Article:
The first month of 2023 started with high private jet demand in the European region and other parts of the world. By the close of the last quarter of 2022, European private jet operators had completed over 600,000 business jet flights to various global destinations, making it one of the busiest years in flight activity in the past three years. The growing demand for private flying among air passengers signals a promising future in this aviation segment this year.
A growing number of air passengers are taking advantage of business aviation memberships to increase their access to private jet services. Noticeably, many companies in this segment have noted a surge in the number of passengers – including regular flyers and first-timers – booking charter flights, pushing the demand for private jet flights higher.
Like other companies operating commercial passenger and cargo flights, the business aviation segment experienced a noteworthy decline in activity since the pandemic and into the last two years. During this period, almost all commercial airlines halted or slowed their operations to some destinations worldwide. At first, this situation made more passengers develop an interest in private flying, but this did not offset the challenges that the business aviation segment confronted at that time. Looking ahead, aviation experts predict a growth in business aviation activity in 2023, despite the uncertainty and volatility witnessed in this segment in the last two quarters of 2022.
“As we move into the first and second quarters of 2023, the market should sustain a higher service demand and business aviation activity compared to the previous year,” according to KlasJet CEO Rita Domkute.
Current forecasts indicate that the private jet segment will return an annual market growth rate of about 5%-10% in 2023 compared to pre-pandemic activity.
In spite of the promising prospects about a possible business jet demand boom, the recessionary outlook observed in many countries, particularly in the European region, could result in an unexpected market decline into 2023. Nonetheless, the business aviation market in Europe and other parts of the world, including North America, looks more resilient and encouraging, with low to modest declines vis-à-vis figures reported last year.
Findings from aviation market surveys show that over 94% of passengers who shifted to business aviation during the pandemic have continued to take private flights, primarily because of the convenience, flexibility, degree of personalization, and other advantages this environment offers. While the demand for regular private jet flights has declined in the past two years from 57% in 2021 to 40% in 2022, it is apparent that this aviation sector has become increasingly democratised, as evidenced by the high number of ‘covid flyers’ who have continued seek private flying services.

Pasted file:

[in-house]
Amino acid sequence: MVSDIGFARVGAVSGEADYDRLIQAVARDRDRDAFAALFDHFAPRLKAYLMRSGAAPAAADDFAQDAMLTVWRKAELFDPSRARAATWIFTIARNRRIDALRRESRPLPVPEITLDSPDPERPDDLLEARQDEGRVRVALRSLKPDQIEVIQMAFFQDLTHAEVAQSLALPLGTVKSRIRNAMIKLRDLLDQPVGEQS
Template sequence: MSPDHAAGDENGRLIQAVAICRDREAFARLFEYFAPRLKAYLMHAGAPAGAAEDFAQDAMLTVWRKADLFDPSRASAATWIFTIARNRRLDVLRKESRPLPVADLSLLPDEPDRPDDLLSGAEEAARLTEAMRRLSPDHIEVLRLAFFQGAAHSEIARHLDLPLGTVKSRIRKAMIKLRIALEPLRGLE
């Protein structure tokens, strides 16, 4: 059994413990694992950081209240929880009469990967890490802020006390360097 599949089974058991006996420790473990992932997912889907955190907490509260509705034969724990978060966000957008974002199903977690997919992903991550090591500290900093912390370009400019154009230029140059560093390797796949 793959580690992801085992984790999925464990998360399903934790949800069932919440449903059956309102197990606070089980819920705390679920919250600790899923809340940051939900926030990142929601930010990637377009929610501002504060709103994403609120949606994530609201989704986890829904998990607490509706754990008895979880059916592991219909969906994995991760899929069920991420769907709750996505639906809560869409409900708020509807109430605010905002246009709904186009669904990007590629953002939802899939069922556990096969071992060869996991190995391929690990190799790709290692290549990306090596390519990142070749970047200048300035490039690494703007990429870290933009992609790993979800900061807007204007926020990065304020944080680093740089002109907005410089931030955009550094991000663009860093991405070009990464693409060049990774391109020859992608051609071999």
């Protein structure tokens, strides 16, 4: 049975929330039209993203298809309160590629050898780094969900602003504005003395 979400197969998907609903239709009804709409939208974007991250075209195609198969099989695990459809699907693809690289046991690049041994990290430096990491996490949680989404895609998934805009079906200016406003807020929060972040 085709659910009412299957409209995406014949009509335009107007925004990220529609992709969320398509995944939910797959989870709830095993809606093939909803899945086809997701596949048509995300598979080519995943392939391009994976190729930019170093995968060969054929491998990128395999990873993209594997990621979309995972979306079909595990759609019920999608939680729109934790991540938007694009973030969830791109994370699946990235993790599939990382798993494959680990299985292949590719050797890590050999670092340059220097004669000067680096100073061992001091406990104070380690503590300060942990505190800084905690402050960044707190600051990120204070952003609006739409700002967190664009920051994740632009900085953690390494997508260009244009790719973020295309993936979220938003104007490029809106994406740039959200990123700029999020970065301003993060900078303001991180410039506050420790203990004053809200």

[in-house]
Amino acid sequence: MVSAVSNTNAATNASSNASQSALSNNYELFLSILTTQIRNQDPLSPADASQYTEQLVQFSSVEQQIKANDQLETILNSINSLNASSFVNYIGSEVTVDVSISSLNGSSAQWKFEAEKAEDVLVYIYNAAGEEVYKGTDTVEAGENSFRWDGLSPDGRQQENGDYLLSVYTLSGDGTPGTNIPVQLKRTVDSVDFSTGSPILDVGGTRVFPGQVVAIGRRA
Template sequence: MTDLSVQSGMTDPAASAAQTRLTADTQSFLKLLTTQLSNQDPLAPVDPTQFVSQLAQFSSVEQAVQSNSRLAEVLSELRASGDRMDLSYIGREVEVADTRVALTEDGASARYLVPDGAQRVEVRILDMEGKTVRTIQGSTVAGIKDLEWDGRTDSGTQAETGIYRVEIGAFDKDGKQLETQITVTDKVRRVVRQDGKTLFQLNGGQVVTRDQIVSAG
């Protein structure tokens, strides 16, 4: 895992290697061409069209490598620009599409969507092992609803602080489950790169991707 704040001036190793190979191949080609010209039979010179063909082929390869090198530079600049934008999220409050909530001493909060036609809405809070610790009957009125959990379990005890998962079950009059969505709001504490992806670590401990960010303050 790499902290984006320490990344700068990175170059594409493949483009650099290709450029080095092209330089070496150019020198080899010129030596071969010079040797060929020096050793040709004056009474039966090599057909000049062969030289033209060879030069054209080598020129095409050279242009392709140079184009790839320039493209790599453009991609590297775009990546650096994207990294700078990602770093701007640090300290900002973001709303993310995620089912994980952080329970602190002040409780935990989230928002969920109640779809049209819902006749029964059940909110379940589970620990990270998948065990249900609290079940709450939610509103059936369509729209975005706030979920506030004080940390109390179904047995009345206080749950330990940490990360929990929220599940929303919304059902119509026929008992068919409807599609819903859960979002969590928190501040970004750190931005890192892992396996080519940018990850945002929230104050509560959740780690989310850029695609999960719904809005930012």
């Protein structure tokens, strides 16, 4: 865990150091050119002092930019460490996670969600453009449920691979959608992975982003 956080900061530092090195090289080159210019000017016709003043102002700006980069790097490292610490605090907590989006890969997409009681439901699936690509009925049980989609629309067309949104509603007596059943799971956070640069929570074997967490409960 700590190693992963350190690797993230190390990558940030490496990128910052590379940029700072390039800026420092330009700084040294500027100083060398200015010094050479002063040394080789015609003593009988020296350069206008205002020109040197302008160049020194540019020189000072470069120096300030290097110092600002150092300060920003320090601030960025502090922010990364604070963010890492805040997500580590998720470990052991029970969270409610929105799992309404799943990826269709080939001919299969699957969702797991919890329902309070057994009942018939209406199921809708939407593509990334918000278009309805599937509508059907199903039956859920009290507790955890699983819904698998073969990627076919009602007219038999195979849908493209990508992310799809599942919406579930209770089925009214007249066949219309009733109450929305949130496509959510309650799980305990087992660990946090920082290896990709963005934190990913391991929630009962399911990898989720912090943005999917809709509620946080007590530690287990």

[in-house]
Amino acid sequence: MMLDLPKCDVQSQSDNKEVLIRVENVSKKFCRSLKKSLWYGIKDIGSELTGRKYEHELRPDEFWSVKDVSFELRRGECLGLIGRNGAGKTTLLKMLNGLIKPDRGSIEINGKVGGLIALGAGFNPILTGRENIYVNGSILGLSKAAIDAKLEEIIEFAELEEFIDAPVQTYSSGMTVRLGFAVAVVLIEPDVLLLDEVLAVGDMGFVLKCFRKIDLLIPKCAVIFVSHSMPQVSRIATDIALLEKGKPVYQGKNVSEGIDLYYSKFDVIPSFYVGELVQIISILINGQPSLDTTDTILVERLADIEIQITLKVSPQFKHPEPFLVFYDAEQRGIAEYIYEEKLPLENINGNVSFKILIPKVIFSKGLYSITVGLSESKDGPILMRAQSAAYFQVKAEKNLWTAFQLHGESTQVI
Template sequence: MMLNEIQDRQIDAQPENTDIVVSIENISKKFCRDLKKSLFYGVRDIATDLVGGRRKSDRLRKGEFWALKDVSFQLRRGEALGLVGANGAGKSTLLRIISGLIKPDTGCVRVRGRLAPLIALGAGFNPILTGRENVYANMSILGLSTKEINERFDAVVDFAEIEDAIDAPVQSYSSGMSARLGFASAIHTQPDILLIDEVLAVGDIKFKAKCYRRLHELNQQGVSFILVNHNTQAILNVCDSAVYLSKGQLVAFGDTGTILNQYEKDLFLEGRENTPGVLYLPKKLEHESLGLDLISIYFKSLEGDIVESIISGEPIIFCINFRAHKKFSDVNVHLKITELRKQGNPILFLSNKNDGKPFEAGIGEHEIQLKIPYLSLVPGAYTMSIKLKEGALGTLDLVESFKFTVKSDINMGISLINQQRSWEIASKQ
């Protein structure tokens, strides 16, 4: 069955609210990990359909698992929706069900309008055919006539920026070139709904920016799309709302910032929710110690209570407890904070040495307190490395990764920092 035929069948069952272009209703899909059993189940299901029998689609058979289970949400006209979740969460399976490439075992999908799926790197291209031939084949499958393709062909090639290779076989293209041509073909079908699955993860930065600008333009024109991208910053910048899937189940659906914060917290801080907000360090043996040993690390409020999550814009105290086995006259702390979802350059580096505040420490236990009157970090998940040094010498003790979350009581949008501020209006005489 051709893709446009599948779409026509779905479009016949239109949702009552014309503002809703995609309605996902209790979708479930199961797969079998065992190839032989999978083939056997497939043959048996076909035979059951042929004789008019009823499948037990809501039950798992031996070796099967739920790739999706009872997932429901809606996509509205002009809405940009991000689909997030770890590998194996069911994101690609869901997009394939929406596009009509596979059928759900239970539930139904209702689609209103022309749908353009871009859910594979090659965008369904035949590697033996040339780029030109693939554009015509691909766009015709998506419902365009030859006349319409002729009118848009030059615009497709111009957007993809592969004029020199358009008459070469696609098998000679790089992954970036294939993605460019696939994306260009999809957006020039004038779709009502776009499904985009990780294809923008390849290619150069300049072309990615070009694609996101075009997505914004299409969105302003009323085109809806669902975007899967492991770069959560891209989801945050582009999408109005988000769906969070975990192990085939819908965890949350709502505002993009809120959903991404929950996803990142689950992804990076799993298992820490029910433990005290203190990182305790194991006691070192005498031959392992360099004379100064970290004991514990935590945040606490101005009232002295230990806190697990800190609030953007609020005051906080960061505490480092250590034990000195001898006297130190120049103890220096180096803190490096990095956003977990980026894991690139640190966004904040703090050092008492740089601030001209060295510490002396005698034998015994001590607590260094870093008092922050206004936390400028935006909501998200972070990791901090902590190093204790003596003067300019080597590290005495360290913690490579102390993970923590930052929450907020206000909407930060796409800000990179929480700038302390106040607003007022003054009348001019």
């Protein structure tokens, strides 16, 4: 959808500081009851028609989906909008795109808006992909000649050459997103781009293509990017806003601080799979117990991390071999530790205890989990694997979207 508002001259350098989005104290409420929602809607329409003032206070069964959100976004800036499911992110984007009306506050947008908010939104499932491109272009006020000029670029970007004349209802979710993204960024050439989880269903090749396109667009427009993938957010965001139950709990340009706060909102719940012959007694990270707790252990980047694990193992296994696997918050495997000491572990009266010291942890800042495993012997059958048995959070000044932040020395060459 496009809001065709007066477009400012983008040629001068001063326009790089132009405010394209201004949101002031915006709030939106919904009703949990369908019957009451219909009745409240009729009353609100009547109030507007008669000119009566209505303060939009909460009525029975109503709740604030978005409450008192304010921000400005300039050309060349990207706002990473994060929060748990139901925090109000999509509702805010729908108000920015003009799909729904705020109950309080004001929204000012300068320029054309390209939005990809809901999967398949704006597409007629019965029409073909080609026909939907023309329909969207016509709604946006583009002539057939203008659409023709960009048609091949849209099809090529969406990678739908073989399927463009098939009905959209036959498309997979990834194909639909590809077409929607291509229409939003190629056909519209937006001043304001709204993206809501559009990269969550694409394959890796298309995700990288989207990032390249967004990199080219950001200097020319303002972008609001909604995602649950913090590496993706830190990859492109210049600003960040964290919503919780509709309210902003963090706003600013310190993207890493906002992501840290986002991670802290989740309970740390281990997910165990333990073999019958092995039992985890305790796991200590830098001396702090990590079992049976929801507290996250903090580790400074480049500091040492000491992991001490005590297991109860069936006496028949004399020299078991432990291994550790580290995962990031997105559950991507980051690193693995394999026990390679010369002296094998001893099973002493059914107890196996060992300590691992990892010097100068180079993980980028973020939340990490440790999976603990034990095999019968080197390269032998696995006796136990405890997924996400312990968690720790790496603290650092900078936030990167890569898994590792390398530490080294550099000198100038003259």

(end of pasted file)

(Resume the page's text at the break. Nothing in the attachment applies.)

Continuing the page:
Many celebrities, prominent businesspersons, and government officials have been on the receiving end for their excessive use of private jets while taking short trips to various destinations. A report by a European clean transport organisation, Transport & Environment (T&E), has labelled private flying as one of the leading sources of environmental pollution. On average, private planes contribute more than 14 times air pollution per passenger compared to commercial airliners. Besides, private jets contribute more than 50% in environmental emissions than trains, which points to their adverse contributions to the global sustainability agenda on climate change mitigation.
A compelling question is how sensitive operators have become and their response to the growing criticisms and shaming against private flyers. In 2022 and early into 2023, prominent business persons, oligarchs, and celebrities like Elon Musk, Bernard Arnault, Taylor Swift, and Drake expressed their sensitivity to privacy issues after learning that some social media users were tracking their private flights and raising critical concerns about their contribution to environmental emissions. With the current trend toward jet bashing and growing criticisms over private flying, there is a high likelihood that the business aviation market may lose some of its clientele as more passengers explore other travel options, including taking one-off on-demand charter flights, private jet sharing, leasing aircraft to acquire fractional ownership, or becoming jet card members.
In view of such unfavorable prospects, business aviation must justify its position and current efforts to reduce its contribution toward environmental pollution. While many operators may consider this a risky and causeless exercise, the private aviation segment stands to gain from focused investments in aviation innovation through “green aircraft” projects and other sustainability initiatives. Therefore, accelerating innovation and implementing sustainability projects to minimise carbon emissions from the private aviation segment are the central issues that jet manufacturers like Boeing and Gulfstream must deal with in 2023.
“Business aviation companies will continue to deal with uncertainties while predicting the ever-changing market demand from private air passengers this year’’, asserts KlasJet CEO Rita Domkute.
Expectedly, the changing global economic environment may considerably impact private jet demand in many countries worldwide. However, business aviation customers will likely diversify into other travel options, which may considerably impact business travel activity and overall returns for leading players in this industry sector. Furthermore, more customers may become inclined to other air travel practices, including jet card memberships, charter flights, and fractional private jets, given their growing popularity, flexibility, accessibility, and other conceived benefits as sustainable alternatives for business flying.